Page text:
F* is a minimally documented language, so most of the information about the interfaces for basic data structures will come from reading the source code. Googling fstarlang <FEATURE> should yield a link to the implementation file for the feature in the GitHub repo (assuming it exists). A big part of this project is learning to read the F* source files (it’s very similar to OCaml).

Here are links to the implementation files for List, OrdSet (total order on elements), and OrdMap (total order on keys):

  • https://github.com/FStarLang/FStar/blob/master/ulib/FStar.List.fst
  • https://github.com/FStarLang/FStar/blob/master/ulib/FStar.OrdSet.fst
  • https://github.com/FStarLang/FStar/blob/master/ulib/FStar.OrdMap.fst


NFSv4 defined in RFC 7530 is the reference protocol for this project. The RFC defines the interface for the NFS client and the NFS server. You will be implementing a subset of this protocol, focusing primarily on basic file operations and access control. We have defined the minimal set of operations you should support below, organized by operation type. Note that for each of these operations the RFC covers many more cases than you need to handle, it is up to you to determine which parts are relevant for a viable minimal implementation.

In order to support access control, every operation should be run under a user context. The easiest way to accomplish this is to explicitly pass in a user identity to every function. You can assume a fixed set of users in the system, and that both the clients and servers know about all users and user groups (no need to handle user registration/authentication). At the start of a server session, all users and user groups will be provided to the server. When a client (i.e. user) connects to the server a unique (per-user) root file handle should be returned, which the client will use for subsequent calls to the server.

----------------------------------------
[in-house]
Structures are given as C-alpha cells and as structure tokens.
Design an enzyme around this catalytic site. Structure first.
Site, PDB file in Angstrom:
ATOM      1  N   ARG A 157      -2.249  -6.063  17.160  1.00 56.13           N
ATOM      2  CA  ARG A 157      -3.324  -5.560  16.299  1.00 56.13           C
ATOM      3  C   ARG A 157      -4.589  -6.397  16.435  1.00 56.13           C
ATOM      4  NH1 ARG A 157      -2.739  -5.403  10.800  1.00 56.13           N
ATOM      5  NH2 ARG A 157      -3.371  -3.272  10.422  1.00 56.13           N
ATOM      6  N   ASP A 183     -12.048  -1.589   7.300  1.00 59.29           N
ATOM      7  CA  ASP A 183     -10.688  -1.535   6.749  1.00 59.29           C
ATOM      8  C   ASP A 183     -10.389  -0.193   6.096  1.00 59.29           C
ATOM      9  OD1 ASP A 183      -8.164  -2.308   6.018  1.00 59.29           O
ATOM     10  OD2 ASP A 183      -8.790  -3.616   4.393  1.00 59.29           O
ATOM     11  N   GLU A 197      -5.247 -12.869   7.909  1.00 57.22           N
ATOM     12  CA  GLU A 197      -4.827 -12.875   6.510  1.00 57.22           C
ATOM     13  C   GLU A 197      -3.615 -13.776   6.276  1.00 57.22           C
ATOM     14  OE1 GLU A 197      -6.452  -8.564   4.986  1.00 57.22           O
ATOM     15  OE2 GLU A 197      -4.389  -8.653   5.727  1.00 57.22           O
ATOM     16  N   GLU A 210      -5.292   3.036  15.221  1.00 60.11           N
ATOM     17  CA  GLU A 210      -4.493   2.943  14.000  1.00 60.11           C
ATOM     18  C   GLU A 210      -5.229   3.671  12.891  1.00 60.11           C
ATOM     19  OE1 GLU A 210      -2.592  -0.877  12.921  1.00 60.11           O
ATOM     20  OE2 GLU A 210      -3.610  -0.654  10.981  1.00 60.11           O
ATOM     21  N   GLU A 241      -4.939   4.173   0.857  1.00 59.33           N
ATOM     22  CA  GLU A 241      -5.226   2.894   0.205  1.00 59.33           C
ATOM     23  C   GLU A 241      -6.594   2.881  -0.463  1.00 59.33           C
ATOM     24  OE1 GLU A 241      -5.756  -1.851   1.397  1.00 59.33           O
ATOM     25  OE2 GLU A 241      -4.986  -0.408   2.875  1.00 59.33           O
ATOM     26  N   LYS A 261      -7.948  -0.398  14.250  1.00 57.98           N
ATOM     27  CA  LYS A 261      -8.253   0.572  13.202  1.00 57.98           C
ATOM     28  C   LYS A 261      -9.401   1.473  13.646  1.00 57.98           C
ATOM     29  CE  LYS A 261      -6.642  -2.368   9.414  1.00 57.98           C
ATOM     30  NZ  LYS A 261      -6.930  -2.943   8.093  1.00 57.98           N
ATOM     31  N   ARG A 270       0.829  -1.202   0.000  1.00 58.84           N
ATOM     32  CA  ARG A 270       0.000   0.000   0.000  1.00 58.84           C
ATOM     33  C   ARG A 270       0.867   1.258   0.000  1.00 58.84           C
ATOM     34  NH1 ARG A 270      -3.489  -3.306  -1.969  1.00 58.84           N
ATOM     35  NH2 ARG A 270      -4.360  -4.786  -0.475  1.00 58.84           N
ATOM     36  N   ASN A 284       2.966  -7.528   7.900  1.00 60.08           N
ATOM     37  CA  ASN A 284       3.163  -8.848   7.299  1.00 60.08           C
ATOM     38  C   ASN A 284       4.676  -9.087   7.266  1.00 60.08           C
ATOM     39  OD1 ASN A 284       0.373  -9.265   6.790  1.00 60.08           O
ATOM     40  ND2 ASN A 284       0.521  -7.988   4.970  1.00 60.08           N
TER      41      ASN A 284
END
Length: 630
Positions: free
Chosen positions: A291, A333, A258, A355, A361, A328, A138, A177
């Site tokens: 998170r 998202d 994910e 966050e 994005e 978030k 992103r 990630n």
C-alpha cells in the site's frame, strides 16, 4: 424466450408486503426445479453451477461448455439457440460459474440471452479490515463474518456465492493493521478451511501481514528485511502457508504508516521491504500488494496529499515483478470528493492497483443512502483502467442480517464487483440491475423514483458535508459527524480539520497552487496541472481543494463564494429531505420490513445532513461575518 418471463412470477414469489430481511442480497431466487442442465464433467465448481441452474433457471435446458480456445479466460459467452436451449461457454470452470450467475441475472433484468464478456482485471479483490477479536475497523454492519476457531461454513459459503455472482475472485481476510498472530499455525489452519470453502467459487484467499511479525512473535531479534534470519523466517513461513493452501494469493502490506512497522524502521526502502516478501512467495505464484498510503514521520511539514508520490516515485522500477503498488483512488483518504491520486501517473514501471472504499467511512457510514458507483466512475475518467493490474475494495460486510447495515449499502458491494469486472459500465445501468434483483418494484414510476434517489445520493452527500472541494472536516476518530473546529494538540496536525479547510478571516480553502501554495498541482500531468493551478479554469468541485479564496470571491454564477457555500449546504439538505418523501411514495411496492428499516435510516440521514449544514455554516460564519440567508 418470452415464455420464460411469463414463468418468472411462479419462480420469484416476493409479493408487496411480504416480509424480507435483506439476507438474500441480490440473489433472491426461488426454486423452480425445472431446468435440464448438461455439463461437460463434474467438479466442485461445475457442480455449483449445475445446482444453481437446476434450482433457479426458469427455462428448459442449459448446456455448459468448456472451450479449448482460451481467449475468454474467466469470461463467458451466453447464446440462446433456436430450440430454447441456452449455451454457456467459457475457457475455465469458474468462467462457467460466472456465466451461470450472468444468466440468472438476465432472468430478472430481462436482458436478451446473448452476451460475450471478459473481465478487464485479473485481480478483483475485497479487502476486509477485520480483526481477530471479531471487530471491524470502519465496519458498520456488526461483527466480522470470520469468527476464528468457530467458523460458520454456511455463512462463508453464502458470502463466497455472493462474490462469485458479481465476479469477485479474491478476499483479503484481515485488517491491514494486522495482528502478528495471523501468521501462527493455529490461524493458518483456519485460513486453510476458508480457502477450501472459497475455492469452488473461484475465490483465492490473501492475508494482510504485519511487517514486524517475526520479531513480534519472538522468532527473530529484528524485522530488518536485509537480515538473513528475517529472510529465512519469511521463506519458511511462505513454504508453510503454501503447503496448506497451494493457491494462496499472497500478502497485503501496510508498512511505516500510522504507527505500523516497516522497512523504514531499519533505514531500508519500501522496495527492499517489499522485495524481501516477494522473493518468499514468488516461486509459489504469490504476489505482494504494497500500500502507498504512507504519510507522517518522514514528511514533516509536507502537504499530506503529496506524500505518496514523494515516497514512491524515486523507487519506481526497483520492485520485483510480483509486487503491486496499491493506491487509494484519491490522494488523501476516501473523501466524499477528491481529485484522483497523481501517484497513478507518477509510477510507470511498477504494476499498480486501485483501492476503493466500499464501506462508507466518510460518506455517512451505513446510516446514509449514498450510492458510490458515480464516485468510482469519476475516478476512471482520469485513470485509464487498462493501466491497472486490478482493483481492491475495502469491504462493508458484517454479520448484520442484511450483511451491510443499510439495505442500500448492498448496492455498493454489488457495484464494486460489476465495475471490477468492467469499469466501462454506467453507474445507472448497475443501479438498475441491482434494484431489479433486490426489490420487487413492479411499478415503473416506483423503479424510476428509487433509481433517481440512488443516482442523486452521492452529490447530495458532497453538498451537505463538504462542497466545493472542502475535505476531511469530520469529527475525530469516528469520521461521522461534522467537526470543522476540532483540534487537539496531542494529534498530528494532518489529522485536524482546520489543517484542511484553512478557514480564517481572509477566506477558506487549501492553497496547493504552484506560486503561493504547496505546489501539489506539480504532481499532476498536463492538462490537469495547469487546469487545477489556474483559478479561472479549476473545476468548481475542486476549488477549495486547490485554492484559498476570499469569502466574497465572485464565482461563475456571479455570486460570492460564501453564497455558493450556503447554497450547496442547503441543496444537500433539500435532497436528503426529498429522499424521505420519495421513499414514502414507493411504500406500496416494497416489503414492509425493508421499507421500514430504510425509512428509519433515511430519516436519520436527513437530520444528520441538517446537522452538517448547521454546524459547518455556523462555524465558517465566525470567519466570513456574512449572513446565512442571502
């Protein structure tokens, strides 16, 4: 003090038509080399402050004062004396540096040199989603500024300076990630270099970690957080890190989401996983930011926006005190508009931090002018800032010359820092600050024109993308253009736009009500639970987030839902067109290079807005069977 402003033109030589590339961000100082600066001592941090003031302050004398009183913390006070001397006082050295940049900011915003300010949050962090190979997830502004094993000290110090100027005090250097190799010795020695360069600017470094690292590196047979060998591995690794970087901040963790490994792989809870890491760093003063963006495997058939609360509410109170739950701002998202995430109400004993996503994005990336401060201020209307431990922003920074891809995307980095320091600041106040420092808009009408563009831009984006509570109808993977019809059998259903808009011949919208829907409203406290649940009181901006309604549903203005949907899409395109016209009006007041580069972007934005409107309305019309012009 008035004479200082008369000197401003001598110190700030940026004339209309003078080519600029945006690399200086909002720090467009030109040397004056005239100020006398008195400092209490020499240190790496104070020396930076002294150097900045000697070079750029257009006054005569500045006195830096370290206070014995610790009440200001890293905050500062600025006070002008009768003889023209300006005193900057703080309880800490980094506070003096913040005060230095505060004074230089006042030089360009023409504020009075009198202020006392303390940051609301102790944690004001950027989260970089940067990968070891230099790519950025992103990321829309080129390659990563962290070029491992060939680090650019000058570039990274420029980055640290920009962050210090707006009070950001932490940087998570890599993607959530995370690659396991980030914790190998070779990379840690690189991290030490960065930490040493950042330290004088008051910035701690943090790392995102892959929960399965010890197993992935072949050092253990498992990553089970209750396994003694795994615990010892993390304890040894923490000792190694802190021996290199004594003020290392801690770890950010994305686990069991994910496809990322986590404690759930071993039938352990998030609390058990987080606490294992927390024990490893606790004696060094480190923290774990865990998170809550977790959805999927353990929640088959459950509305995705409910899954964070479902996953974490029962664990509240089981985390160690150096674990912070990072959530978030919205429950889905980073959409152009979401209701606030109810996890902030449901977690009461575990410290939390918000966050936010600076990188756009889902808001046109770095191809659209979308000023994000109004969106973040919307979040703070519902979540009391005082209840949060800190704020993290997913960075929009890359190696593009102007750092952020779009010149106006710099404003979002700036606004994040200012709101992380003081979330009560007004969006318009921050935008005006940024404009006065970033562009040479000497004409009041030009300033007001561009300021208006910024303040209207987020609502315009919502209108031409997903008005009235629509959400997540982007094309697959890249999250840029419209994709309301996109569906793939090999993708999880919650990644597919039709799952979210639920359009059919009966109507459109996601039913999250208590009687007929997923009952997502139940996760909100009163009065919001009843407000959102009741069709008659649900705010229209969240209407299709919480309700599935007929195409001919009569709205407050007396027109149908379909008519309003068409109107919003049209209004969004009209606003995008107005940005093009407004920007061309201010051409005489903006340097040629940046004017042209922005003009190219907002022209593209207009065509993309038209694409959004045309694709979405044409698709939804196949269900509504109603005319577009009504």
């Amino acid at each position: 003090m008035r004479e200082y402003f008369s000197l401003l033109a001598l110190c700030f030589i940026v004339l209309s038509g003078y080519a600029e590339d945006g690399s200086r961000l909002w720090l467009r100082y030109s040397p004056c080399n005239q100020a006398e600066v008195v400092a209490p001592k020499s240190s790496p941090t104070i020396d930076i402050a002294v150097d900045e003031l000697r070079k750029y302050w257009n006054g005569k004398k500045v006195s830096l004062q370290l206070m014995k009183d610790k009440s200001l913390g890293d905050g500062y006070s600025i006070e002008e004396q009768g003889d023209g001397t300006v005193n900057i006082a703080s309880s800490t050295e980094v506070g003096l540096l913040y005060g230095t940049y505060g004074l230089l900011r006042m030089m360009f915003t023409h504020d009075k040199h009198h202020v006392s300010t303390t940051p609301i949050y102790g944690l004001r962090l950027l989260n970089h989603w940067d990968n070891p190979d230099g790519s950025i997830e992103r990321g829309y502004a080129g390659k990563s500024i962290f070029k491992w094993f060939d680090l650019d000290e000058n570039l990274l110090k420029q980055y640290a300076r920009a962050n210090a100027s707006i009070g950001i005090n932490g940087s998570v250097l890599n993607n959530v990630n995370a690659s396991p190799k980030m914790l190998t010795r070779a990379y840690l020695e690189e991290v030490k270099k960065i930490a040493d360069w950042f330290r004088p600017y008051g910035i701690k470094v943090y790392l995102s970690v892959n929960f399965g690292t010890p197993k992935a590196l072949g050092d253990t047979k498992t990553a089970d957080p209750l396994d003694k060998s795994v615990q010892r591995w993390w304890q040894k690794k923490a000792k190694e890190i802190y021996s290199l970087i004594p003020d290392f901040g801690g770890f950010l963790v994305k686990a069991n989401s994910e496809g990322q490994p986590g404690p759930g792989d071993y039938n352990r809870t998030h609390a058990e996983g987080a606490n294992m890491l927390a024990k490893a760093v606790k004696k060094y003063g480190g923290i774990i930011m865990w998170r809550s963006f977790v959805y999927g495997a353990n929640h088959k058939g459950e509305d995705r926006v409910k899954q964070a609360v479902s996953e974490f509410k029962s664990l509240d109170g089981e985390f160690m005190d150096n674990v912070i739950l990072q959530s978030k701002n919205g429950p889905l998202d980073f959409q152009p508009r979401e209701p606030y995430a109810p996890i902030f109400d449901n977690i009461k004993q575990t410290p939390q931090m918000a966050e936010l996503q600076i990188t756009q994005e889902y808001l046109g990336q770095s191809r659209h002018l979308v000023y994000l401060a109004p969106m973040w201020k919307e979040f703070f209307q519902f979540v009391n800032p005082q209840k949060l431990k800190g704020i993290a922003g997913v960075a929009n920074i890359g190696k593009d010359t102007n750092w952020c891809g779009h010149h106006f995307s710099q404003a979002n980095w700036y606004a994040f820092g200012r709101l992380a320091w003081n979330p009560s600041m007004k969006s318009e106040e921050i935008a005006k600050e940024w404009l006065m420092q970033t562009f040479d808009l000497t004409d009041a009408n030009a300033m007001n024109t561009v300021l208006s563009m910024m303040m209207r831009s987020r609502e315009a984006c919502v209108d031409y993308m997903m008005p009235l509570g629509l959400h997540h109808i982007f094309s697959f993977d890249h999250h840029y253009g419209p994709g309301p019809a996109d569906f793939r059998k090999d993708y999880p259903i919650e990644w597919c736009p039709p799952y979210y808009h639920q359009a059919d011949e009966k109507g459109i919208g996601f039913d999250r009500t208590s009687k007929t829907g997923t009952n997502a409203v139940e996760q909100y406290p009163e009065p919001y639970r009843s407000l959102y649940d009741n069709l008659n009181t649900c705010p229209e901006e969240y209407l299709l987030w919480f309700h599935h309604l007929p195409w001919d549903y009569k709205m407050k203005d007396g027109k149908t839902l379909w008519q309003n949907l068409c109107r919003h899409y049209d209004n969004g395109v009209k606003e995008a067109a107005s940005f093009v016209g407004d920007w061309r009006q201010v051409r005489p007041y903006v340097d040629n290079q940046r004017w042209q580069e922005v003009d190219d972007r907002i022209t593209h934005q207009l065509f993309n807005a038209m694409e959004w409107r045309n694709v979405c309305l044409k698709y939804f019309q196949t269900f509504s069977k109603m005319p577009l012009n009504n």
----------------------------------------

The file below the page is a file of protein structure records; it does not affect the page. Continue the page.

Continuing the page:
File operations

  • OPEN: Create/open a file (client specifies whether they are creating a new file). The file handle passed refers to the parent directory and a fresh file handle will be returned. The server should maintain state on the opened file, requiring an explicit CLOSE to cleanup this state. OPEN could either be given a user ID or group ID.
  • CREATE: Given a directory file handle, create a new directory under it and return the new file handle to the directory. CREATE could either be given a user ID or group ID.
  • CLOSE: Close the file (or directory) associated with the file handle.
  • READ: Takes in a file handle, offset into the file, and number of bytes to read and returns the corresponding content to the client.
  • WRITE: Given a file handle, an offset, and data, server should write the data to the file.
  • REMOVE: Remove the given object (e.g. file/dir) from the system. You do not need to worry about reference counting and symlinks/hardlinks.
  • LOOKUP: Given a directory file handle and a name of an object within that directory, update the file handle to point to the contained object (if it exists). This can be used for traversals.
  • LOOKUPP: Given a file handle, set the file handle to be the parent of the current object.
  • READDIR: Given a file handle to a directory, return a list of the names of all objects inside the directory.

Access control operations

  • ACCESS: Given an object, return the permissions the user has on the object.
  • SETATTR: Given an object (i.e. handle), update the object attributes according to the request (e.g. give another user/group read and/or write access to the file/directory, or revoke access). This deviates slightly from the RFC, as we want to define a rich multi-user access control system. Server should verify that the user/group has permission to modify the attributes of this object. At a minimum you should be able to grant users/groups read access, write access, and attribute modify access. By default any file/directory created by a user/group is owned by them (they have all permissions: “open”/”read”/”write”/”attribute modify”). SETATTR could either be given a user ID or group ID.

F* tips

Here are a few tips when working with F*:

  • Type annotate as many expressions/functions as possible. If you hit a compiler error, the first thing you should check is that the expression/function is type annoated.